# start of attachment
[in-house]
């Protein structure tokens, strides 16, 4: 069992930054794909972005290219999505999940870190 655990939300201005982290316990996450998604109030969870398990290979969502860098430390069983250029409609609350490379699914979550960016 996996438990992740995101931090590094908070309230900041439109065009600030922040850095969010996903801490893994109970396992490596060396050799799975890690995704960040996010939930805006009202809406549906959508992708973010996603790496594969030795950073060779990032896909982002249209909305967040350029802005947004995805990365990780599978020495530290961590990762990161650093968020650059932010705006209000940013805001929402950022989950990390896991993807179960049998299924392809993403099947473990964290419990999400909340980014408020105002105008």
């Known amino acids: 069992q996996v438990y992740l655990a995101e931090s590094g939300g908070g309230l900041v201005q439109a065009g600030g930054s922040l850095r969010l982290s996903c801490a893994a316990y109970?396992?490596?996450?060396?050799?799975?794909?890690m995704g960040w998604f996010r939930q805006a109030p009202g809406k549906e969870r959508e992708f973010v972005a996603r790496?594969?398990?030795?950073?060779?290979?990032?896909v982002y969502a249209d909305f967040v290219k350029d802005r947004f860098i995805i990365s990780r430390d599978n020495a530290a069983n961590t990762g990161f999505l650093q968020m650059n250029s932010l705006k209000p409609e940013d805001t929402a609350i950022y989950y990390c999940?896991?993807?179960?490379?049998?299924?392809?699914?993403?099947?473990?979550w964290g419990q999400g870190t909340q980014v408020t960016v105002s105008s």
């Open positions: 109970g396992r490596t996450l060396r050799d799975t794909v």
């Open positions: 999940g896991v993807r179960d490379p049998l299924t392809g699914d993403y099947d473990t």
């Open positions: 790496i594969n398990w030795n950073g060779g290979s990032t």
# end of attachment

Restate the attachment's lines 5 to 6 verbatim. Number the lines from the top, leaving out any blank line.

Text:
């Open positions: 999940g896991v993807r179960d490379p049998l299924t392809g699914d993403y099947d473990t």
């Open positions: 790496i594969n398990w030795n950073g060779g290979s990032t």